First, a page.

Most stream-resident fish stay throughout winter despite the ice. This has been shown by Christine Weber, previous researcher at Umeå University, by tagging trout and sculpins with transponders to follow fish migration. Fish’s general state of health is the single most important factor for surviving winter. The findings have been published in the journal Ecology and Evolution.
Christina Weber is documenting the studies during a field research assignment. Credit: Christer Nilsson.
When studying how fish survive the winter, it is common to compare fish densities in autumn with those in spring. A research team at Umeå University has instead followed fish movement patterns during the winter alongside eleven approximately 50 metre-wide subreaches in the stream Smörbäcken, a tributary to the Ume River in Västerbotten County.
“The great challenge was to follow the fish despite the stream being covered by ice. We assessed that it would be possible using PIT tags, a passive transponder inserted into the body cavity through a small incision,” says Christine Weber, previous post-doc at Umeå University and one of the researchers behind the project.
The research team planted these kinds of tags in fish of all sizes, both adult and young trouts and sculpins. To understand what factors are important for fish to survive, fish length and weight were measured and their health was assessed. Out of these factors, the latter proved to be the most important one.
“It was easiest to follow the adult trouts and about 90 per cent of stationary fish were detectable at each performed tracking,” says Christine Weber.
The population of tracked sculpins and young trouts drastically decreased in mid-winter and was low until the ice broke up by which time the number increased again. The difficulty in finding sculpins under the ice might have been because they often hide in the bottom sediment when the stream water level is low. Young trouts also show similar behaviour.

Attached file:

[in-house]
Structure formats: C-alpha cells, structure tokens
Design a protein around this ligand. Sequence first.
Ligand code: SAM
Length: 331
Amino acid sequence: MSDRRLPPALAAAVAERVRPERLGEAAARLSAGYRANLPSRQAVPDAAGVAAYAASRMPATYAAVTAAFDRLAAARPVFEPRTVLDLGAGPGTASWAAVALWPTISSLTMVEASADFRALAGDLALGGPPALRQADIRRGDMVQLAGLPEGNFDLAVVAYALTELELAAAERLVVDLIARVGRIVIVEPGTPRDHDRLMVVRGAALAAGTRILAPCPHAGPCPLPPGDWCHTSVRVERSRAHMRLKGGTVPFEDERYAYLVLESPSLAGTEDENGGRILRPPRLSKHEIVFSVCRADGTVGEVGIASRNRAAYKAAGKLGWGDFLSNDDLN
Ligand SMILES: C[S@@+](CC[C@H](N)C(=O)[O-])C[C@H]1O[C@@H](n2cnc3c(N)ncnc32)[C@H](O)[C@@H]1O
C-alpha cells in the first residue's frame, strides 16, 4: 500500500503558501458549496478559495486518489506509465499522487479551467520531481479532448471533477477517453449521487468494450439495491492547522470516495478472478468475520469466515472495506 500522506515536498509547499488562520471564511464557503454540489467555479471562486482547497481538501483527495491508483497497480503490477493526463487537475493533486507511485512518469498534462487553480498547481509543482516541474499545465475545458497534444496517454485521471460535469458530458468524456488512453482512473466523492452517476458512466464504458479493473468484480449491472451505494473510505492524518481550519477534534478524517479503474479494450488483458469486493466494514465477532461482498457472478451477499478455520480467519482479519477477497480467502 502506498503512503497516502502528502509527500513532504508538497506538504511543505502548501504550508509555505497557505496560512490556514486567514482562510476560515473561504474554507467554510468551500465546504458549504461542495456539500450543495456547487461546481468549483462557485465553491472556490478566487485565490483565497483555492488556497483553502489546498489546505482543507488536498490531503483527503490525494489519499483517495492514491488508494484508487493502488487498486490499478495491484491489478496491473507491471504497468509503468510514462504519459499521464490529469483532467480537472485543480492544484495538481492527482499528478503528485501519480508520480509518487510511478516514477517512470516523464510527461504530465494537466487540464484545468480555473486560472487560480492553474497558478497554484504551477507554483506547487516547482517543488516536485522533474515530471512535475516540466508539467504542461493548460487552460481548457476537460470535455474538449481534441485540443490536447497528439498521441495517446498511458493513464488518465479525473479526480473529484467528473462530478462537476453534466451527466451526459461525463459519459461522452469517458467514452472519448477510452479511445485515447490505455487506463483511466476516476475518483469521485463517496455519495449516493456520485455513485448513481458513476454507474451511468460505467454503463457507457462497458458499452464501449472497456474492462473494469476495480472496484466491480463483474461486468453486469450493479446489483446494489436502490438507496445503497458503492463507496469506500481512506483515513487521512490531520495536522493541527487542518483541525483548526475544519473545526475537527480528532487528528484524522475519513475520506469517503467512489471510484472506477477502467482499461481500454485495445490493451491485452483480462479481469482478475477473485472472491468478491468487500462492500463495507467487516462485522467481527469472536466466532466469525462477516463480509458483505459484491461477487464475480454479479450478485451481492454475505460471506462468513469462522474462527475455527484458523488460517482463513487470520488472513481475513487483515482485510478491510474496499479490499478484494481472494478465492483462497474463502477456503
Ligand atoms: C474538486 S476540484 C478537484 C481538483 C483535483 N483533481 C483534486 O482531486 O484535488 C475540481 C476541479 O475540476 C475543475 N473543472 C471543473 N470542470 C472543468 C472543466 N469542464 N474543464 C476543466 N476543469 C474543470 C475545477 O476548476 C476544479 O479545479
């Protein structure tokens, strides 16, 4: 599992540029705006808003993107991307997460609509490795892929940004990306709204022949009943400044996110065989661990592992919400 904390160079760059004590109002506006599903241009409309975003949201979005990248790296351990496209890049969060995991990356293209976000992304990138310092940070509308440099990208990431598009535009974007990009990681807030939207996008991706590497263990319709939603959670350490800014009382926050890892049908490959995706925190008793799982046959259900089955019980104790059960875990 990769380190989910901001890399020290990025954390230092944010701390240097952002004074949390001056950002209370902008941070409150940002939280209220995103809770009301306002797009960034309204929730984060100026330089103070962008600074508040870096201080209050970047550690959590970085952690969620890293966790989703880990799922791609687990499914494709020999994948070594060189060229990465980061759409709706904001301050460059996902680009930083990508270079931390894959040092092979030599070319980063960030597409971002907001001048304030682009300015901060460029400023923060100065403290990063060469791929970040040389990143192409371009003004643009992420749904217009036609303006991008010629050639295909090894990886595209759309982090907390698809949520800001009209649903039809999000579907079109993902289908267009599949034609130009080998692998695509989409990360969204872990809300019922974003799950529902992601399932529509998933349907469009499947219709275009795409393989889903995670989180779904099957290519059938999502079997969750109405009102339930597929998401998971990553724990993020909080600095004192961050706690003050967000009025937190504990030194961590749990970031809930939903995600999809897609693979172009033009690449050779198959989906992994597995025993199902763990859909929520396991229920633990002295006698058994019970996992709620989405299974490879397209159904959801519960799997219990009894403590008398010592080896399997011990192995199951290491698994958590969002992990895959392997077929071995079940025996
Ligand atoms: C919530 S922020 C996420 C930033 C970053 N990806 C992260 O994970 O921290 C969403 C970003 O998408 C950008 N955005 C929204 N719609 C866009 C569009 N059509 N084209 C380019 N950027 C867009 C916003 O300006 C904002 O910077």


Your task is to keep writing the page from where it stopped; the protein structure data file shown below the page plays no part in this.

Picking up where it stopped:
To evaluate the efficacy of the method, researchers mapped the water environments by measuring the width, water depth and structure of the investigated stream, and followed the variations in ice volume during the tracking period.
“Structural factors proved less important for the survival of the fish. However, it was more difficult to receive signals from the small tags when the ice thickened. The larger tags were less sensitive to ice thickness. Also the snow depth on the ice was an issue and meant the snow had to be shovelled off a few times during the test period,” says Christine Weber.
Furthermore, more complex measuring areas led to more difficulties in tracking fish. Despite this, the method worked well in winter as long as the water under the ice was shallower than approximately 30 centimetres and the measurements could be performed often. The method could hence be a useful tool in order to better understand how various fish species and fish of various sizes can handle winter.
The project was a collaboration between researchers from Sweden, Norway and Switzerland.